The European Commission last month announced that 651,000 doses of Pfizer-BioNTech will be delivered to Serbia, Bosnia, Northern Macedonia, Montenegro, Albania, and Kosovo in weekly batches between May and August. The vaccines are funded from a 70 million euro package adopted by the European Commission in December.
Most of the Balkan countries have faced difficulties in obtaining vaccines, except Serbia, which has launched a successful vaccination campaign, mainly due to receiving millions of doses of the Chinese Sinopharm vaccine and the Russian Sputnik V, which are still not approved by the European pharmaceutical regulator.
Following the example of Serbia, other countries in the Western Balkans began to turn to China and Russia for vaccines, as EU countries experienced delays in the supply of vaccines.
The export of vaccines from China and Russia to Serbia and other countries was accompanied by a demonstration of “soft power”: politicians spoke of mutual friendship and criticized the European Union for not coming to the aid of the Balkans at the most difficult moment.
EU Enlargement Commissioner Oliver Varhelyi, who is in the region for a three-day visit to mark the official launch of the vaccine supply, rejected the criticism.
Speaking in Bosnia on Tuesday, Varhelyi promised that the bloc would “not let down” the western Balkan countries in the fight against the virus.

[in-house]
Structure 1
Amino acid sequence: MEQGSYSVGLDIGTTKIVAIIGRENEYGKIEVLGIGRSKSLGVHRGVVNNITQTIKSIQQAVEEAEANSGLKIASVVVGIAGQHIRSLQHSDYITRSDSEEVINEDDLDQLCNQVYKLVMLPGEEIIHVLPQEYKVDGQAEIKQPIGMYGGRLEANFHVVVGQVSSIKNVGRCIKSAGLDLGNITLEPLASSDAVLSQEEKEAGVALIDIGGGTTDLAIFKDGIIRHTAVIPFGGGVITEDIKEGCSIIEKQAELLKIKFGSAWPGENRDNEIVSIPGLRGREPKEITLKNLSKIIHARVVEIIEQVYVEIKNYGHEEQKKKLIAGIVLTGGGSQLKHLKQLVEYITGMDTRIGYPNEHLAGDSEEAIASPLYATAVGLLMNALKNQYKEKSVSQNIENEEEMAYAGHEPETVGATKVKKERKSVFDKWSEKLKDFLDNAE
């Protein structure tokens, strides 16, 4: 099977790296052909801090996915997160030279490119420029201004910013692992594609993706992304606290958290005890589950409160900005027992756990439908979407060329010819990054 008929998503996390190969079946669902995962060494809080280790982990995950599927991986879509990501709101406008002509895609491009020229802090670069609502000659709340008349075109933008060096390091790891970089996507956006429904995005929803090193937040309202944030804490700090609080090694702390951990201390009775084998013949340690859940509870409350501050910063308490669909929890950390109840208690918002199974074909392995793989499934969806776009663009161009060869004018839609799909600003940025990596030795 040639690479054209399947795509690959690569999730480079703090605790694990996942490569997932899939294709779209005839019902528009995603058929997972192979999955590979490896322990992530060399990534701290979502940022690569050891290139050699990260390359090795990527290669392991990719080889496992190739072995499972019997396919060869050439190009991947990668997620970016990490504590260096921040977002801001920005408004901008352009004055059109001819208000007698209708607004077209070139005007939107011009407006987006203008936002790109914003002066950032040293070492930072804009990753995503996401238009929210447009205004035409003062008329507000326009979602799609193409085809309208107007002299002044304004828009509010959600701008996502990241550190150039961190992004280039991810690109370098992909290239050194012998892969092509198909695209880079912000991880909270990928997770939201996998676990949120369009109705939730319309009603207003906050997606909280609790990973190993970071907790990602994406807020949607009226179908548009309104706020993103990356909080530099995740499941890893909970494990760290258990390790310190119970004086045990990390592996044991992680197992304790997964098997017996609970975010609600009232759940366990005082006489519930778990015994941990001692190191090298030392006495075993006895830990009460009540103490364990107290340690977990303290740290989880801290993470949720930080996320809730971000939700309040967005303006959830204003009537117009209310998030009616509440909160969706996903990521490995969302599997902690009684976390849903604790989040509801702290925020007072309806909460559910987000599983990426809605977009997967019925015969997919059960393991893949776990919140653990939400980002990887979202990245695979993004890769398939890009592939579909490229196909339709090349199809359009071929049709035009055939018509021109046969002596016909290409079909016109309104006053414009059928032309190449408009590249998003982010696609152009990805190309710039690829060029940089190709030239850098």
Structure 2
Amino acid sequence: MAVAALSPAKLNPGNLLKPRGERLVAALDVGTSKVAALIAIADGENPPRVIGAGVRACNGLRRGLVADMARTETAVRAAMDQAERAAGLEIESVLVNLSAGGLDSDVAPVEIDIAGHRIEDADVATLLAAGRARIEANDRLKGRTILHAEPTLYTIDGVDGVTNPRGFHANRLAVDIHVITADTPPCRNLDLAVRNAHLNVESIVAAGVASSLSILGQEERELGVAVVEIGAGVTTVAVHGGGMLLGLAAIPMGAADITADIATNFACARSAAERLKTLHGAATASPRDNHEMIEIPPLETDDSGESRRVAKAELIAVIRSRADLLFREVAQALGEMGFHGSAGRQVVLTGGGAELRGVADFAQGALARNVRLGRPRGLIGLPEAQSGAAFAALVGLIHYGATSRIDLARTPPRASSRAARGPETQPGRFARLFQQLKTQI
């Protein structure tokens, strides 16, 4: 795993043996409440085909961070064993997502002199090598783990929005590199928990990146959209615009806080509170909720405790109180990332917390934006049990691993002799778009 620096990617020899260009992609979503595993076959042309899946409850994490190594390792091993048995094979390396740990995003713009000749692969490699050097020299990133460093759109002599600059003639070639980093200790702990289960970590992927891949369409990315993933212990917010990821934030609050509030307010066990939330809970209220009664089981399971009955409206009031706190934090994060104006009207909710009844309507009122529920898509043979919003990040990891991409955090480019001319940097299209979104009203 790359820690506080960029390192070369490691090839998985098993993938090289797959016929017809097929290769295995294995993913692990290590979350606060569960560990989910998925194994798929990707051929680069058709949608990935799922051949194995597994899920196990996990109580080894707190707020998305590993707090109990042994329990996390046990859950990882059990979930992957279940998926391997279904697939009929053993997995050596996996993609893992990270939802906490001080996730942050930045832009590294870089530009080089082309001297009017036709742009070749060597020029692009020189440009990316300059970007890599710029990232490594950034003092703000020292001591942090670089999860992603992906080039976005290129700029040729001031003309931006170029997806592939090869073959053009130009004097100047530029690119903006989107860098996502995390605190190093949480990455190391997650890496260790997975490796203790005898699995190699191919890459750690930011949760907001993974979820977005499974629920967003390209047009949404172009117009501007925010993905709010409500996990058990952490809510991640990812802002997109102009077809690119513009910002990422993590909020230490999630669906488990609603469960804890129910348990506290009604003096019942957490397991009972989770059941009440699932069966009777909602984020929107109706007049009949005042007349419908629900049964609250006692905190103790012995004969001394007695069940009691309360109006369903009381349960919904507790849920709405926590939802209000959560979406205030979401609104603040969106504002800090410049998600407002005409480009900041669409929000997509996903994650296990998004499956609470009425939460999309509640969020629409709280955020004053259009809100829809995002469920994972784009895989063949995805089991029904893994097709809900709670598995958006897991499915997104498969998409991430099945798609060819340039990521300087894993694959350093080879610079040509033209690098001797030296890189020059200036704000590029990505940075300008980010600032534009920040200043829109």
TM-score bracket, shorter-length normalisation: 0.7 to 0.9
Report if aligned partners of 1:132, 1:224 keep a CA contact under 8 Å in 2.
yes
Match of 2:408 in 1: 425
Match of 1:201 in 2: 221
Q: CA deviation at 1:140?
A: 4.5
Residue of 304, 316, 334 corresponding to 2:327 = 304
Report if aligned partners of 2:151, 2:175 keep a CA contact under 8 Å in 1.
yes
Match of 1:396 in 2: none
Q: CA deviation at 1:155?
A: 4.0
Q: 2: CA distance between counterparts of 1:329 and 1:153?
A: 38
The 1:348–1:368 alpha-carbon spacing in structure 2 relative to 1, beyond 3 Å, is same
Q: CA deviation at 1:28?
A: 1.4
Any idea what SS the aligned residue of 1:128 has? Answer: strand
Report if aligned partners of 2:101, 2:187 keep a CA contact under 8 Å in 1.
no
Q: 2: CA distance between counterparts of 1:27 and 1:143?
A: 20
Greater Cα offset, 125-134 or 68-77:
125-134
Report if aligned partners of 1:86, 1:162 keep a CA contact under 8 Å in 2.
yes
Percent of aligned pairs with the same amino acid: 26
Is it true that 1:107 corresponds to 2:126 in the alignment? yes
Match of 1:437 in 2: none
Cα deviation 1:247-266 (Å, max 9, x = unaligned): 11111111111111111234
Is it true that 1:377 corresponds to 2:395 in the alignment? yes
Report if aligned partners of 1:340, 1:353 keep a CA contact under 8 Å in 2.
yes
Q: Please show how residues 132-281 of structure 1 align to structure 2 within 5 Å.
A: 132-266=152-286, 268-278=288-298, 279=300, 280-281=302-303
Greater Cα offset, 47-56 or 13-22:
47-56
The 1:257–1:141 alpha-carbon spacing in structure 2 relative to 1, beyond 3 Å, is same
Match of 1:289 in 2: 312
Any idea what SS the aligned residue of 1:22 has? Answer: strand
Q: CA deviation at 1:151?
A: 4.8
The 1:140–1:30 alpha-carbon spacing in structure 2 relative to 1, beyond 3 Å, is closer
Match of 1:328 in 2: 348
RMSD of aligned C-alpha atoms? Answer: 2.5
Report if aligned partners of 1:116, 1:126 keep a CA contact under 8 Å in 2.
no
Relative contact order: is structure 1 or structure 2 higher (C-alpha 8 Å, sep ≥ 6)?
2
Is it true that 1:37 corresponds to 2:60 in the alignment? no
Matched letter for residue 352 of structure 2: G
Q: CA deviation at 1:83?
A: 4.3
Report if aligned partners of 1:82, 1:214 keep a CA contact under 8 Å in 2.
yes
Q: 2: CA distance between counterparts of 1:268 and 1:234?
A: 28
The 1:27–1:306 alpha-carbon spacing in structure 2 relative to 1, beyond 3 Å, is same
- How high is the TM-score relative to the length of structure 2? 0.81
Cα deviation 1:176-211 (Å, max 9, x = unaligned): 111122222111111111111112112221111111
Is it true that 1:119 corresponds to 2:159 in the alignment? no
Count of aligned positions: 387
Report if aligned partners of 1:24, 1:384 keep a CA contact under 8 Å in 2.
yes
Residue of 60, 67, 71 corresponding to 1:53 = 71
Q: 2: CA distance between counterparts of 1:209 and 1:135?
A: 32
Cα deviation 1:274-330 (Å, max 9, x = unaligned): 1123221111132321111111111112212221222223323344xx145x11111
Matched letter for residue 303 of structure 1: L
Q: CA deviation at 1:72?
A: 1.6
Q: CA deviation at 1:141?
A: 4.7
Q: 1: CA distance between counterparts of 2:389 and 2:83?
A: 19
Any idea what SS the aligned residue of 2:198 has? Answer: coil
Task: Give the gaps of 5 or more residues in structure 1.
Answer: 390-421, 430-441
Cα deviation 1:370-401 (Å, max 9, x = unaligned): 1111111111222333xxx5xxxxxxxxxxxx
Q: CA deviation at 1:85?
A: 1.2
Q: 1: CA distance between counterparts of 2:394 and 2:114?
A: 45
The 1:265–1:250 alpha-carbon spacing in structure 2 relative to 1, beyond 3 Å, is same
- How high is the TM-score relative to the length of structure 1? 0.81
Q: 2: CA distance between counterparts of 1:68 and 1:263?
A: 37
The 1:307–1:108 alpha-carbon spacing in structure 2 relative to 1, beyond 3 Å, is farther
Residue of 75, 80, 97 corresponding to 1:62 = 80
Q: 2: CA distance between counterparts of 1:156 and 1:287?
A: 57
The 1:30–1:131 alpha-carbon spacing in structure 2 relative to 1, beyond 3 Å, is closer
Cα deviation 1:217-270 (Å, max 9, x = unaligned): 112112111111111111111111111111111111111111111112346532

“The delivery of the vaccines confirms that we remain committed to supporting the region, as we have done since the beginning of the pandemic. Together we are stronger!” he said.
The European Commissioner’s trip began in Serbia on Monday. He will also visit Montenegro, Northern Macedonia, Albania, and Kosovo.
Several Balkan countries, most notably Bosnia, have relied heavily on the World Health Organization’s COVAX program, which distributes the vaccine to less developed countries. However, due to a lack of doses, deliveries under COVAX are delayed, and some Balkan countries are trying to purchase COVID-19 vaccines directly from manufacturers.
The European Union is one of the main sponsors of COVAX and has contributed almost 2.5 billion euros to the program. “We care about this region. Its future is in the European Union. And that is why we are trying to support it as much as possible in the fight against the pandemic,” Ana Pisonero, the EU’s official representative for Neighborhood and Enlargement Policy, said in Brussels on Tuesday.